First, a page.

King muses on physical and ancestral connections in his debut collection of poems.
The book’s title refers to a now-submerged landmass that connected Great Britain to Northern Europe until about 6500 B.C. King uses this “verdant tundra hunted and fished by ancient peoples” as a metaphor for the unseen bridge that connects each person to his or her hereditary past. For King, this leads to the West of Ireland, where one of his forbears was the newspaperman and storyteller James Berry. With echoes of his ancestor, as well as midcareer Seamus Heaney, King explores family and folk history side by side, all the way back to bog bodies, Neanderthal skeletons, and primordial fish. Showcasing an obsession for color and texture, plants and landscapes, he teases at the unknowable nature of the deep past in his mostly short poems, which often bear deceptively simple titles. In “Gods,” he writes, “Much in those first few / hundred thousand years was slowly new.” He contrasts the gradual, painstaking evolution of nearly every object and place with the evanescent nature of individual understanding; for his narrators, this is a cause of much muted sorrow and bemused joy. Overall, the poems are as worn and wondrous as the ocean floor where Doggerland now rests. King is equally adept at brilliant phonetic stanzas and concentrated verse essays. In “Uncles,” for example, the semantic meaning barely registers above the rhythm: “Augustinians, schooled / in Salamanca, smuggled / to the strand at Inisfail, / their father’s lugger / under half-sail, two / great prow lug sails / finding the wind.” In “Unsettled,” he delivers an entire ethnography in 10 lines: “Imagining ourselves / done with migration, we / imagined ourselves / done, not loosed. // We did not flow or go easy / We made such enemies / in our heads it pleased us / to name them // and give their antitheses / the names of gods.” King is a Boston native, but his collection is a must-read for devotees of the last half-century of Irish verse. The poems have few easy endings and rarely a dull line; they terminate where they need to, but the collection itself concludes far too soon.
A tremendous volume of poems that will illuminate and linger.
A collection of poetry focuses on everyday beauty and wonder.
Over the course of 50 poems with straightforward titles, retired high school English teacher Hathwell (Between Dog and Wolf, 2017, etc.) explores the world around him. Nature is a touchstone of his poetry. In “Poplar,” he expertly describes the titular tree “catching a breeze, flutter sage and silver wings” while in “Sunflower,” he lingers on the “wide blank face” of the “saddest flower.” The author also showcases culture in his poems. “Fred’s Girl” is a propulsive ode to the Fred Astaire–Paulette Goddard duet in the film Second Chorus, and “Sunday at the Symphony” captures the ethereal experience of live classical music. But the poems aren’t limited to the author’s immediate surroundings. A visit to the Spanish Steps, where Keats died in 1821, is the subject of “Readiness Is Everything,” which encourages readers to “imagine the world without you.” Hathwell plays with humor in “Dust Is Winning,” about the futile fight to keep things clean, and shows his cynical side in “Red Dress,” which describes the “ruby radiance” of an ensemble depicted in advertising. The act of writing is another recurring theme in this collection. “Song” depicts a successful writing day, in which “I rise from my desk, / Majestic, and I dance,” while “Sure Thing” warns readers “that language is prepared to lie / When you ask it to.” Quiet moments are also rich material for the poet. Throughout, he matches his message to the pacing of the poem, creating an immersive experience for readers. In “Finding Myself in the Morning,” readers sink into Hathwell’s serene, solitary scene where he can finally “not wonder / who is speaking, or what comes next.” In “Ten O’Clock,” the audience can sense the descent into a “deep, forgiving sleep.” The one flaw of this collection is its breadth. Because everything from Astaire to flora is fair game, the individual poems don’t always flow from one to the next, and transitions can be jarring.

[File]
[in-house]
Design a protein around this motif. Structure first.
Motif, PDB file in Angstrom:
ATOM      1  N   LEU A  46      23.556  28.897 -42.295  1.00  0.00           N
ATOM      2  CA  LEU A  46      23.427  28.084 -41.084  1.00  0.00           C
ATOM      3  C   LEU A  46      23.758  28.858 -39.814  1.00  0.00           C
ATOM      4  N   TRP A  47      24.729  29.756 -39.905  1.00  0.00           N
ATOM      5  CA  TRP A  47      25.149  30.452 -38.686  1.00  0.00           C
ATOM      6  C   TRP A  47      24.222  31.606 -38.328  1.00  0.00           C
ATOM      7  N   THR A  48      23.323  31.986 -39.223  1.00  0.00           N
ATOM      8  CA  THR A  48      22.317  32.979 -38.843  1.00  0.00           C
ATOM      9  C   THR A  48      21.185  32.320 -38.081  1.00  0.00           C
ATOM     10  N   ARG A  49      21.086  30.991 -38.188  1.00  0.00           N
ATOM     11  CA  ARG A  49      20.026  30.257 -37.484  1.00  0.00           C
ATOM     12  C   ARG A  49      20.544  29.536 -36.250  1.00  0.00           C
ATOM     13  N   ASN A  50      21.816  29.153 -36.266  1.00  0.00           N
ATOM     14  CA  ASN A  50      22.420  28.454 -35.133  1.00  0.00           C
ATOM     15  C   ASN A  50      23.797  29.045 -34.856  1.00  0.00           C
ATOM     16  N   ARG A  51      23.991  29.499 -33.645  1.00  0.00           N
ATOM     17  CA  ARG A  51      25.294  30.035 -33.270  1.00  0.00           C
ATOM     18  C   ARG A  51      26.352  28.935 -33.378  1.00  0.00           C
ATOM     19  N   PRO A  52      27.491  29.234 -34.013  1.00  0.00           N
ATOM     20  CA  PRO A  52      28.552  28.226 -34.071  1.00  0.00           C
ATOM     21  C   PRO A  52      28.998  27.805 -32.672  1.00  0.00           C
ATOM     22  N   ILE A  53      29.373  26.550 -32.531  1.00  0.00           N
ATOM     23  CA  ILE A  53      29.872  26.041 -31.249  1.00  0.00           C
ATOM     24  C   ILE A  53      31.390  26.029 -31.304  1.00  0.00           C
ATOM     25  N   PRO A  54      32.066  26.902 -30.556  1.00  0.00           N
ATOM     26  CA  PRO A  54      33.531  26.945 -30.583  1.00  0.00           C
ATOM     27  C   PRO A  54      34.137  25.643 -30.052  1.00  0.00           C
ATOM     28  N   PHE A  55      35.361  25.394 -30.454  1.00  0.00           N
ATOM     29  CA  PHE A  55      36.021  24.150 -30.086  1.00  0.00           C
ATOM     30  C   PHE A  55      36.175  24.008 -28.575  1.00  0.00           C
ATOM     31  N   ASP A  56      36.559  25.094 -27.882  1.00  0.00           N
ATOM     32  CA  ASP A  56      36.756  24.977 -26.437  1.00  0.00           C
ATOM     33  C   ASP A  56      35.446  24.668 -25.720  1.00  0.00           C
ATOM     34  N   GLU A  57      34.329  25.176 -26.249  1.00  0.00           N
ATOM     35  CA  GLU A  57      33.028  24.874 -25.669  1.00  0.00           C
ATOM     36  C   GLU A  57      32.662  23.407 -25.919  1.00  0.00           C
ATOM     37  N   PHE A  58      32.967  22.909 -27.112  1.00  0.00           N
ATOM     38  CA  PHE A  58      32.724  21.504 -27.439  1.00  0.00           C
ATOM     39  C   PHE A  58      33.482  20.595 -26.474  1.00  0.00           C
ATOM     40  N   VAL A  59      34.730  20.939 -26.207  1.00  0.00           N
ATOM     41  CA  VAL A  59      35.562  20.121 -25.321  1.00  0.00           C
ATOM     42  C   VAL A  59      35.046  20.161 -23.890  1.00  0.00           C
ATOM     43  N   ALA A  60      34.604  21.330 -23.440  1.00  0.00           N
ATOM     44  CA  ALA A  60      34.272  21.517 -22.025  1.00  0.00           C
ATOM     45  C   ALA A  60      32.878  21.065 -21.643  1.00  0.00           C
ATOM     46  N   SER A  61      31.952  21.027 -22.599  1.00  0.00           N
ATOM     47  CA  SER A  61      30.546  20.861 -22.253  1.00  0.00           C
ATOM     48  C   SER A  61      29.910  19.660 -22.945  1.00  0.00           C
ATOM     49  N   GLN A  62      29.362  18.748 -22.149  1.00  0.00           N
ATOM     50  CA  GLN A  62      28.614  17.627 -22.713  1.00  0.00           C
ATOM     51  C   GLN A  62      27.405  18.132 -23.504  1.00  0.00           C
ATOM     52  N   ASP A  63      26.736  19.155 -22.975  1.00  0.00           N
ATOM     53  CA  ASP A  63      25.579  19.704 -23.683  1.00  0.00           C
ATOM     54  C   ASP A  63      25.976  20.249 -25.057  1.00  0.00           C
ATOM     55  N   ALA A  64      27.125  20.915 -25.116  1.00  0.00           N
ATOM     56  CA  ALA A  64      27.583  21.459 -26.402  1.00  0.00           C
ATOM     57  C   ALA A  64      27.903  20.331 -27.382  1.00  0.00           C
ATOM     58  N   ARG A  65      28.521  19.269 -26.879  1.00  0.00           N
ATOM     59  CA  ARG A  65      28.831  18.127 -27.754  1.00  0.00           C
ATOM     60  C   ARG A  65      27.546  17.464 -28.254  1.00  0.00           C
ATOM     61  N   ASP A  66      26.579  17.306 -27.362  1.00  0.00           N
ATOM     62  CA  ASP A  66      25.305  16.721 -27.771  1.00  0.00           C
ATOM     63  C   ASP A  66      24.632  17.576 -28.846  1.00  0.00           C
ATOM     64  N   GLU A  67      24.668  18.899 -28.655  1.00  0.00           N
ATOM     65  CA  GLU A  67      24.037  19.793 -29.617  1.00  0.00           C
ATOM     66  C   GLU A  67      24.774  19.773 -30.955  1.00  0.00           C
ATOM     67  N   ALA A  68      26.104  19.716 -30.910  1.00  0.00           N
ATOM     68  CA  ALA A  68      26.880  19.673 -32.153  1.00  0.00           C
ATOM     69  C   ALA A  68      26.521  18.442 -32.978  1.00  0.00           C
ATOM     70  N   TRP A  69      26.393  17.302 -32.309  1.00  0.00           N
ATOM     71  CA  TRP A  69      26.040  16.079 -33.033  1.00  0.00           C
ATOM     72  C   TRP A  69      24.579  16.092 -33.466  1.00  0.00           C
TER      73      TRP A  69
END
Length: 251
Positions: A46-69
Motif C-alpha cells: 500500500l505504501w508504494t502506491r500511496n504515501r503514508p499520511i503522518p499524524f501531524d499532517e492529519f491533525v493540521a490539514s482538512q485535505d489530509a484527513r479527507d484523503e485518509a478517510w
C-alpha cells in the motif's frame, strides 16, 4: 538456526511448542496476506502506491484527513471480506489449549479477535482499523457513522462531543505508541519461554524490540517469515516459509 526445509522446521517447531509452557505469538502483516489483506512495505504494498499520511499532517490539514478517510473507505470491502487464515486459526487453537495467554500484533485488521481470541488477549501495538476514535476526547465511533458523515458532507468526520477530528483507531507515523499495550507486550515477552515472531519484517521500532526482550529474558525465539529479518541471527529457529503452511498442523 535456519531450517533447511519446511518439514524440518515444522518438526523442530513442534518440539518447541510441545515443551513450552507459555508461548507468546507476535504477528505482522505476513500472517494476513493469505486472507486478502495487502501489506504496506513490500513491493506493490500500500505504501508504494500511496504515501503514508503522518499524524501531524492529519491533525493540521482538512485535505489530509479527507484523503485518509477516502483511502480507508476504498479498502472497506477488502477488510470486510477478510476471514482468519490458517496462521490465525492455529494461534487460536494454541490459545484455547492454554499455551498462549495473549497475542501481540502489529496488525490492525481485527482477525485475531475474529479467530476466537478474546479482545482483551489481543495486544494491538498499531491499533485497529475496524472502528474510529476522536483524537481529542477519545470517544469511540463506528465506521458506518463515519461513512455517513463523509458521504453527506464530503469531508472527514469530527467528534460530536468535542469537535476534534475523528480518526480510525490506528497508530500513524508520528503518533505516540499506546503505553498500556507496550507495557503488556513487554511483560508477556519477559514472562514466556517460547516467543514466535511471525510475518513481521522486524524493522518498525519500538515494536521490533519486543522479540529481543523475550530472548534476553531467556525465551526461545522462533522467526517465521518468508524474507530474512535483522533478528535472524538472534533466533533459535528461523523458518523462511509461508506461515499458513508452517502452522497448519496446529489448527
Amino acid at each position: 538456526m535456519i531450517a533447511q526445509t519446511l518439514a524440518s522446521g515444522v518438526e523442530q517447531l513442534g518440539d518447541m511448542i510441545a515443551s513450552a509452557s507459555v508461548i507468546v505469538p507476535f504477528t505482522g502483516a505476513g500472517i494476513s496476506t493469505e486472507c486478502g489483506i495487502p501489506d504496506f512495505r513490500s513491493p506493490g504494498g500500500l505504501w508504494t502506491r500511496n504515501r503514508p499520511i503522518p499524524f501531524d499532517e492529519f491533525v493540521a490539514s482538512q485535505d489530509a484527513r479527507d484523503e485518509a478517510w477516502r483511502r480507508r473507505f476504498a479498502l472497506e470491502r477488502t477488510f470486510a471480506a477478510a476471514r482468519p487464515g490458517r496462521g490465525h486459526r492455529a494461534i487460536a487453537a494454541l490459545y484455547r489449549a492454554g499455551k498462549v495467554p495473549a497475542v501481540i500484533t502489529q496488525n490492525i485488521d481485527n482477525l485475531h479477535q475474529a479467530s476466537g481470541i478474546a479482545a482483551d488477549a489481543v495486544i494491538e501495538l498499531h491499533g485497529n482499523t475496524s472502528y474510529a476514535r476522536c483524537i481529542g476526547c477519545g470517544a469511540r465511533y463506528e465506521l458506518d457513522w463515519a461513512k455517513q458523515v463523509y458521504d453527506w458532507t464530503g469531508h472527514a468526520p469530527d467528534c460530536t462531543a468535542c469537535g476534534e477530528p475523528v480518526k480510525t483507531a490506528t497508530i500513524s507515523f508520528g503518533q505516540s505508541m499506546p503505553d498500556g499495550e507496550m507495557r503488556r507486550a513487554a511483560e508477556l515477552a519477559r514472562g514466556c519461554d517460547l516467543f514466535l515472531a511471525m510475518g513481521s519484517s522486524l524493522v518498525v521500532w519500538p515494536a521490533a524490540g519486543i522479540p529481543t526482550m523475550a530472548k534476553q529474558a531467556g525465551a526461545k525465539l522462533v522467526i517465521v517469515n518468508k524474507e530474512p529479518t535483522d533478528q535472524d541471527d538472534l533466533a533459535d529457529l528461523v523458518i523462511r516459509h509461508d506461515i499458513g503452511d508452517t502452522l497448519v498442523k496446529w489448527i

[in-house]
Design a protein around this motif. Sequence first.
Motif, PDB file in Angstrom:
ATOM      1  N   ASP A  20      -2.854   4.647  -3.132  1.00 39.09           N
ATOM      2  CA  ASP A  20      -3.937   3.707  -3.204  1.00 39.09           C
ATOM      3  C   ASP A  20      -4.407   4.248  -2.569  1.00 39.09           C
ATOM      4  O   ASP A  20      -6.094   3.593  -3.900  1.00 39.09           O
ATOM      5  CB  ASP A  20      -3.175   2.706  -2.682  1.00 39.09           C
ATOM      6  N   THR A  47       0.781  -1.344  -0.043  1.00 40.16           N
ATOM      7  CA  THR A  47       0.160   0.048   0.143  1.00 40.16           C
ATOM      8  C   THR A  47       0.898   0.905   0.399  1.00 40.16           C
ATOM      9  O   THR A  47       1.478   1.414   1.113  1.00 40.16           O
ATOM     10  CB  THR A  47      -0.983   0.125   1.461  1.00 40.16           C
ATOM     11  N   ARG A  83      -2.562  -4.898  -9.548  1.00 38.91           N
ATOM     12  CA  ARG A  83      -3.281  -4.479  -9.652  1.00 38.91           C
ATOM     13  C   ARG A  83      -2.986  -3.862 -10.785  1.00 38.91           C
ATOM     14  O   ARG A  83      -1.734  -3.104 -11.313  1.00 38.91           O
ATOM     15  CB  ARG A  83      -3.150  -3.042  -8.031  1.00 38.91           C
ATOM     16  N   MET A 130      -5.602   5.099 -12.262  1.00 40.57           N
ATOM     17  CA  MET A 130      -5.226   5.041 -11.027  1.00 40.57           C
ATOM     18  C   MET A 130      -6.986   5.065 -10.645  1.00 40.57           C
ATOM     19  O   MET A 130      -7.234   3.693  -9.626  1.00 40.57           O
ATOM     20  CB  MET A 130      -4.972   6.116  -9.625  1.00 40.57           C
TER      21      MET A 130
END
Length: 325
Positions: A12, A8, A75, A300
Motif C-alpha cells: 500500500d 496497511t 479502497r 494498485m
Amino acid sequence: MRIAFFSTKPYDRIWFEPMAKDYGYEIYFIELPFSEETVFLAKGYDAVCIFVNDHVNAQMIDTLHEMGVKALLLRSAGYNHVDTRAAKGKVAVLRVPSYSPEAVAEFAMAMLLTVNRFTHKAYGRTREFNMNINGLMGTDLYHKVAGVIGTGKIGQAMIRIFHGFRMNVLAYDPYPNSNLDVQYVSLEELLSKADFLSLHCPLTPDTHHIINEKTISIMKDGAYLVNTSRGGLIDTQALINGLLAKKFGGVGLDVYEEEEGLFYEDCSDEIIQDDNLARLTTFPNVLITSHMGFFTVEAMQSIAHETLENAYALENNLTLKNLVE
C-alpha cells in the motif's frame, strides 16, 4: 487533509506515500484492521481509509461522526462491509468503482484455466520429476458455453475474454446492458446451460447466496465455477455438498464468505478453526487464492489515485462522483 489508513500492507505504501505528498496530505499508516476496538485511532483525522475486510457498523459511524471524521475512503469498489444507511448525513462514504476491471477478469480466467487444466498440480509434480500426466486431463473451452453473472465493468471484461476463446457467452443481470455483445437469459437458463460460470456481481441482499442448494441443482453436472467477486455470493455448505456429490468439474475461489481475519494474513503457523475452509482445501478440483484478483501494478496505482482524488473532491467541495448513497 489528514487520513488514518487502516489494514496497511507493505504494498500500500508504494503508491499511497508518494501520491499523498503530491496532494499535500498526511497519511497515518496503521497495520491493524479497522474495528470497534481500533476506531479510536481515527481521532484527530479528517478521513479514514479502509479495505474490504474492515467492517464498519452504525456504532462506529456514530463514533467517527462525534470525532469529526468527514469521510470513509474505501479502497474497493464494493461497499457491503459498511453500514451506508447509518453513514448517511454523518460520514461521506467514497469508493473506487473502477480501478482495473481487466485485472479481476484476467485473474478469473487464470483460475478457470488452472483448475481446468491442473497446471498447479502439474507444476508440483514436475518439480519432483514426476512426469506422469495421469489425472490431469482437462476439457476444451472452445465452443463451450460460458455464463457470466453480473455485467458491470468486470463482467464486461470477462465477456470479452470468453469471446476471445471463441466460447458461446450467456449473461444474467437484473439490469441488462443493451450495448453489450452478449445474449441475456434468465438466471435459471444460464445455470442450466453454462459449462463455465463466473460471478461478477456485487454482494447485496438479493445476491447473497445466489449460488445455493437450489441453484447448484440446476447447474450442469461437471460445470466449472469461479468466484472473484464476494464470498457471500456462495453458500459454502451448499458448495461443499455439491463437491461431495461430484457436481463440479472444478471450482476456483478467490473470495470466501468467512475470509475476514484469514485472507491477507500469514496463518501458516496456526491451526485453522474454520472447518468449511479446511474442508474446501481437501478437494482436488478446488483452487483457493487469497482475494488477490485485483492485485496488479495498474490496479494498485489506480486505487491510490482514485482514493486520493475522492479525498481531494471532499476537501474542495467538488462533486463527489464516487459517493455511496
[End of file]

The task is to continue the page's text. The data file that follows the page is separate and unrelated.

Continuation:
Like the demigod from which it takes its name, Defining Atlas is a durable, uplifting volume.
A strong current of self-affirmation, self-love, and self-confidence runs through this work, and readers will come away feeling their spirits improved. We feel some of this current in the clever “Limited”; Michaels takes the titular subject and turns it on its head: “I’m new, but I’m old / Not limited beyond my means and methods / But limited because I’m special / Special beyond the heavens and everything that surrounds me / That I’m among…limited.” Elsewhere in “From the ashes…I am,” he sings a hard-won song of renewal and rebirth: “I am victory in its rawest form / I am hope that never conform / I am the will, the drive, and the truth / I am like everyone, like you.” But Michaels does not hoard specialness or victory for himself; he wants it for his reader too, and in “Wake Up!” he urges us on toward a bright future: “There’s something good here for you / Your purpose can never be defined by just one blue / Your destiny awaits you.” Underpinning Michaels’ stirring message is a strong faith in God, whose presence infuses many of the poems here: “But I always thank God for the latter / For the strength and will it takes / Shines so bright / Shines so right.” Michaels often adopts a loose scheme of rhyming couplets, and this decision leads to one of the book’s few weaknesses. Too often, the poet picks awkward or odd pairings; e.g., “And if I could become a perfect saint / I would make believers out of the ones who say they ain’t” and the “you/blue” couplet mentioned above. But such missteps are infrequent, and they don’t dim the warm light that emanates from Michaels’ fine volume.